The best thing about Woomera Travellers’ Village are the fiery sunsets over the back fence. The desert is flat as a pancake and as the sun dips over edge of the earth, it splays its rays, now ochre, now puce, now deep crimson, in a perfect stripe along the horizon.
But most travellers are in the Cudgee Bar, which opens at 4pm, and miss the sunset.
Yes, Woomera Travellers’ Village has everything a weary traveller could want, a bar which does a roaring trade in cheap beer and cask wine and a pizza restaurant, although this didn’t open at time of writing, despite the caravan park being packed every night I was there. Perhaps the pizza chef was off on holiday somewhere else.
Woomera is six kilometres north of the Pimba Roadhouse, and has Cold War origins as a rocket development site for the British and Australian military after the Second World War to the late 1980s. Now largely abandoned, it has the eery atmosphere of a ghost town, inhabited mostly by maintenance staff in high vis vests who trundle down empty streets of slowly decaying houses in work utes fixing stuff.
It’s well positioned, though, Woomera, which accounts for its overnight popularity, located conveniently half-way between Port Augusta and Coober Pedy, in the arid desert of northern South Australia. Grey nomads in caravans heading up the centre to the Top End – and want a powered site – gather here and ‘Hoffy’ Hoffmeier, the balding, middle aged and stressed park manager, watches with eagle eyes as caravanners come and go.
Don’t forget your wheel ramps as the area of the caravan park is on a slight rise; no sites are flat. The sites are like ribs either side of a spine, with perhaps fifteen on each side. Hoffy is grumpy and unhelpful when I point out the slope and I wonder if he is stuck at Woomera and would rather be somewhere else, like the pizza chef.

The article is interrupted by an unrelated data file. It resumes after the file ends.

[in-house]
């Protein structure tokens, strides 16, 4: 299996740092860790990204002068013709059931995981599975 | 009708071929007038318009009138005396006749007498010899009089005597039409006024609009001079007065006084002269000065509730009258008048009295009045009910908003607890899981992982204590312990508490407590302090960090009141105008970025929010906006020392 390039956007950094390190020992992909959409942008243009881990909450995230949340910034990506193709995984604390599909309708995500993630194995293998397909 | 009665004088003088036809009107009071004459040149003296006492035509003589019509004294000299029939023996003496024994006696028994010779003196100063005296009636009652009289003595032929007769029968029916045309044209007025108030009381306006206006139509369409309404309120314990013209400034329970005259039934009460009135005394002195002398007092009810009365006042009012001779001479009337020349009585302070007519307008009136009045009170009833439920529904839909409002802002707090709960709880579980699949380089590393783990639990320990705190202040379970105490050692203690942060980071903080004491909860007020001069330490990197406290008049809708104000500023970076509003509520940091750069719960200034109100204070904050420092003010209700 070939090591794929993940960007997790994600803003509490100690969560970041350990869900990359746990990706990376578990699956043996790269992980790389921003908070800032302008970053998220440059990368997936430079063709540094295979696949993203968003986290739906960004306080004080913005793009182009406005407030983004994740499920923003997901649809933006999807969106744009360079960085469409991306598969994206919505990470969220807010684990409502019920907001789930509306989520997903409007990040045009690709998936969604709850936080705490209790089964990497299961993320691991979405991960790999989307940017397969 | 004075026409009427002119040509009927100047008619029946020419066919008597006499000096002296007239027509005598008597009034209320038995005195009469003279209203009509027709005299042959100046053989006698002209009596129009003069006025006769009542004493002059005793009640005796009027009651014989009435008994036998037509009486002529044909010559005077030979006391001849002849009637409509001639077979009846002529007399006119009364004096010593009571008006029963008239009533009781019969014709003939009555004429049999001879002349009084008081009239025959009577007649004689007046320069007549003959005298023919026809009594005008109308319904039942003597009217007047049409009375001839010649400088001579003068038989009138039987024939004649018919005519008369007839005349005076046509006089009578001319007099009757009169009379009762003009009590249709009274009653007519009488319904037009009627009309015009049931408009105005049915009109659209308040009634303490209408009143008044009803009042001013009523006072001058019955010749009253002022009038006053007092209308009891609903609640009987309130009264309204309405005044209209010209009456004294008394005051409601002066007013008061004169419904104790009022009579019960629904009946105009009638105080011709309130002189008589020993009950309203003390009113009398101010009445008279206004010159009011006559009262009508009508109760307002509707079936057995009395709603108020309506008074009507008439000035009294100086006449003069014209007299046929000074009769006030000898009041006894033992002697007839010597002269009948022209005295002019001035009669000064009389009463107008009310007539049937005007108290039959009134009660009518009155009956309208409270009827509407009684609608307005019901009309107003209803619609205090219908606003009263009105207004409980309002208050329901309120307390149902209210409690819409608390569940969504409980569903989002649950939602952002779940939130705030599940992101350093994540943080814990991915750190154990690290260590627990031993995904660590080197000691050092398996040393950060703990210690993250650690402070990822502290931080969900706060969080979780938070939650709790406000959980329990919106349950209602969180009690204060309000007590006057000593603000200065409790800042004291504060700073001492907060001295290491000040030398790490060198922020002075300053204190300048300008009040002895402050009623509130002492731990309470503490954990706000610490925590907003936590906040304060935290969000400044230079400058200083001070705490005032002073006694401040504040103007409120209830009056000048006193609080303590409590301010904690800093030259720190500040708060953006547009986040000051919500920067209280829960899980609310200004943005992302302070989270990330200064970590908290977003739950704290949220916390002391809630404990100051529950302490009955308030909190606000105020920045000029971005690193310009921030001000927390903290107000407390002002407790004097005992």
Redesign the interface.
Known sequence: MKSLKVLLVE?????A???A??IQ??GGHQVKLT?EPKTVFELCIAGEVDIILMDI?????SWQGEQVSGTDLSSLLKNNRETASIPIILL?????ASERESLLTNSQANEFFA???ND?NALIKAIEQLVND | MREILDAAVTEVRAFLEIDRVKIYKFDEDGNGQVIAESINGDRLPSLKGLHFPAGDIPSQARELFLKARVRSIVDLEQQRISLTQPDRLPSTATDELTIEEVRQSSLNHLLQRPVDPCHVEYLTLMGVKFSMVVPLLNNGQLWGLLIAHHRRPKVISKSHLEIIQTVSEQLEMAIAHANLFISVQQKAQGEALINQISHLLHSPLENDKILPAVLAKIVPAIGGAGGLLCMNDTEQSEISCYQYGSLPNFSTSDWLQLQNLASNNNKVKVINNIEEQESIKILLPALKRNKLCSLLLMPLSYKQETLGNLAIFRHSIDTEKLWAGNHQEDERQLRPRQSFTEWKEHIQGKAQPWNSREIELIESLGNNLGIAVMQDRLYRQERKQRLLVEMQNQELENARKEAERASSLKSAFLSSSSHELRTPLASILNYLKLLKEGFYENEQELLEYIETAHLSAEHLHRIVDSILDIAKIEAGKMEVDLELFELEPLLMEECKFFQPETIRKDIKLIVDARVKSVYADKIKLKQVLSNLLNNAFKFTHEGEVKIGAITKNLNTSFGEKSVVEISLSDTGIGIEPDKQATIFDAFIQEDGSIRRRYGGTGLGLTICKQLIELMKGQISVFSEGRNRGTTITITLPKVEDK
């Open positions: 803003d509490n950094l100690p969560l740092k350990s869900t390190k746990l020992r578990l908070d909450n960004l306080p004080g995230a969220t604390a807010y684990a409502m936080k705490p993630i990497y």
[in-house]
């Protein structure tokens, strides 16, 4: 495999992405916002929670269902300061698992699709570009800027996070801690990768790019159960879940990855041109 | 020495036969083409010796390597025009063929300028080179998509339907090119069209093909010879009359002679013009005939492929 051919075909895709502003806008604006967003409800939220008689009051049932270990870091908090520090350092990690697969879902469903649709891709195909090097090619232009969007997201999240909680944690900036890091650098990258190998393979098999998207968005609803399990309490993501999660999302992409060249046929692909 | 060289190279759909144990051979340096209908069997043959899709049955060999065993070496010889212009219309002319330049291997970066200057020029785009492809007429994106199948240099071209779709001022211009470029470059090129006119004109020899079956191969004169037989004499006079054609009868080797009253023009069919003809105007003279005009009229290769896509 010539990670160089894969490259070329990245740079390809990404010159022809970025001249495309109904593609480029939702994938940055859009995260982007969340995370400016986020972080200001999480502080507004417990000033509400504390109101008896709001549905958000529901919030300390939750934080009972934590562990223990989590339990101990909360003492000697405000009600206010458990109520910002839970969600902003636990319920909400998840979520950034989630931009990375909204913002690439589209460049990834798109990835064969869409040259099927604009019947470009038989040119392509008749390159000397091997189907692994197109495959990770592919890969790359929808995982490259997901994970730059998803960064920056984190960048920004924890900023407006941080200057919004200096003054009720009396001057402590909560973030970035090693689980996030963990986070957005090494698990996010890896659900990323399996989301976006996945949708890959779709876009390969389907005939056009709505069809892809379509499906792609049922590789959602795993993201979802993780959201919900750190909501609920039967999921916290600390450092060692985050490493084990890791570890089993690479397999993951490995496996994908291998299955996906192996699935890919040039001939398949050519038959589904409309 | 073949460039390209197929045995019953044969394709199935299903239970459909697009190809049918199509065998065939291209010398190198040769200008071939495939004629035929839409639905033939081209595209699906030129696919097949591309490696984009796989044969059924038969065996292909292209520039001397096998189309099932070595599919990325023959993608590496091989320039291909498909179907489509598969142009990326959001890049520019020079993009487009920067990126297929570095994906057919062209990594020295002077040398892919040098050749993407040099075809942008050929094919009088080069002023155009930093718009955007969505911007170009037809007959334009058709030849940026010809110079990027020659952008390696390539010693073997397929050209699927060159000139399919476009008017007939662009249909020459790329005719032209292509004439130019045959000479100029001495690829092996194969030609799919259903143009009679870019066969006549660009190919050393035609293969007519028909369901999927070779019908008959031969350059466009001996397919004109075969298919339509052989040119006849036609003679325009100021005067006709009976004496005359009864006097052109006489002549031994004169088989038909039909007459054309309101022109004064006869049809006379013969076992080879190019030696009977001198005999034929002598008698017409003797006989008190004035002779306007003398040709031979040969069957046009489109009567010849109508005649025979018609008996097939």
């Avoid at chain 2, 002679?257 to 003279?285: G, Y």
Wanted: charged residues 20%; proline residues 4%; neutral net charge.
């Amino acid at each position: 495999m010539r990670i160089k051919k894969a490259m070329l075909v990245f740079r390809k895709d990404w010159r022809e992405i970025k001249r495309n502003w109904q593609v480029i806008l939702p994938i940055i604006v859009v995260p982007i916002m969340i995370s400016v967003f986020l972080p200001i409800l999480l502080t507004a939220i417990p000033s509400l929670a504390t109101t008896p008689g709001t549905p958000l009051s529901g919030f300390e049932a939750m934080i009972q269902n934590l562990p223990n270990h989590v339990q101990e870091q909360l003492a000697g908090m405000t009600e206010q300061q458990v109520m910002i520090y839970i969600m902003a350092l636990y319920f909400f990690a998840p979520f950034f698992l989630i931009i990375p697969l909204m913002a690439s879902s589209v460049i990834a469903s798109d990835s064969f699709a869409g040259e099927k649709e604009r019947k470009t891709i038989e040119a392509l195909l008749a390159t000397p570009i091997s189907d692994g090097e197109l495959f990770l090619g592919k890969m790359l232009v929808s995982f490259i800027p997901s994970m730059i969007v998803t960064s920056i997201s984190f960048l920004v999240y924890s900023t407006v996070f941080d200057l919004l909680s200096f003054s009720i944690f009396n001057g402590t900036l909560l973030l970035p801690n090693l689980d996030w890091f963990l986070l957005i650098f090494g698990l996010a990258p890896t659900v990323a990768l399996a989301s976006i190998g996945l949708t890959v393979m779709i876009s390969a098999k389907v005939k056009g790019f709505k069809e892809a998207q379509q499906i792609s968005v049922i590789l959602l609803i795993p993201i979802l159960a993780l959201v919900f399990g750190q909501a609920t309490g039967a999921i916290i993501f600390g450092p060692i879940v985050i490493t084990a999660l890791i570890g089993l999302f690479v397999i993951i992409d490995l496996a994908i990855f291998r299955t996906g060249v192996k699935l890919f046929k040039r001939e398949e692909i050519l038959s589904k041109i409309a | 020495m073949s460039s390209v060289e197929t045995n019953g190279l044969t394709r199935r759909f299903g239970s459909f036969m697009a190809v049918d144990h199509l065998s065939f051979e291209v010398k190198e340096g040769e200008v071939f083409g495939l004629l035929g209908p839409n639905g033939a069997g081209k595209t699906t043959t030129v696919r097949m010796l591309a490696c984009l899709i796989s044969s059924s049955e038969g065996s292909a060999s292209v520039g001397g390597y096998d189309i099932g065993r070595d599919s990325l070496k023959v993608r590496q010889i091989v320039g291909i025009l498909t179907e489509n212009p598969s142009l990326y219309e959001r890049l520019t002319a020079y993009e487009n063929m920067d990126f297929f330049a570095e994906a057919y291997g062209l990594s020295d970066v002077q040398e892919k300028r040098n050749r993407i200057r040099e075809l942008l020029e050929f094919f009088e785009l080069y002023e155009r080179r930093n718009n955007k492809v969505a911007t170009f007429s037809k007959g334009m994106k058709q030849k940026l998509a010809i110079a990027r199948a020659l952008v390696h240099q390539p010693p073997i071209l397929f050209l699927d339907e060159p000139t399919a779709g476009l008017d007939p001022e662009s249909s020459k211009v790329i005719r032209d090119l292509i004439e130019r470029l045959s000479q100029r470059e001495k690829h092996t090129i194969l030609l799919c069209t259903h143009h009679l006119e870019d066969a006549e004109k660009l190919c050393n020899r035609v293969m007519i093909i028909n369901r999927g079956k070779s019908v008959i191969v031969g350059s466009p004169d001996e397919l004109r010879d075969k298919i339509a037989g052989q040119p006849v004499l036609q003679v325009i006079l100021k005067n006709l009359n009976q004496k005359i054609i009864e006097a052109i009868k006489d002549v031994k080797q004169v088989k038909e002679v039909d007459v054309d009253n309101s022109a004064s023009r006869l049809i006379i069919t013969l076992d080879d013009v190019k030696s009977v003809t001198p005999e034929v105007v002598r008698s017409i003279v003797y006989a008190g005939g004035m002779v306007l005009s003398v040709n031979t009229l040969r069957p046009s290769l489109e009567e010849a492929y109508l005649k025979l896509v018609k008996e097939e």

Convenient it may be, stylish it is not. The main building housing the office, toilets and laundry is a former military staff accommodation block, three stories high and showing its age. The toilets are old, three of the four showers are out of order; the only shower that does has a bung door that won’t close.
A newer amenities block has three toilets and two showers which are simple but clean. The water pressure is weak, the temperature mild at best. A piece of soap nestles in tissue paper in a take-away container on the sink unit. A poster about not letting anxiety get the better of you passes on its important message to those heading out.
There is a happy ambience in the caravan park, with a gentle daily rhythm of vans of arrivals and departures. At $15 for one person, $25 for two per night, power and water, the caravan park is cheap. Caravans, motorhomes, pop-top campervans and camper-trailers rolled in in a continuous stream, sometimes two or three at a time, from about 12 noon. That night the desert sky was filled with the sound of new friendships being formed at the Cudgee Bar.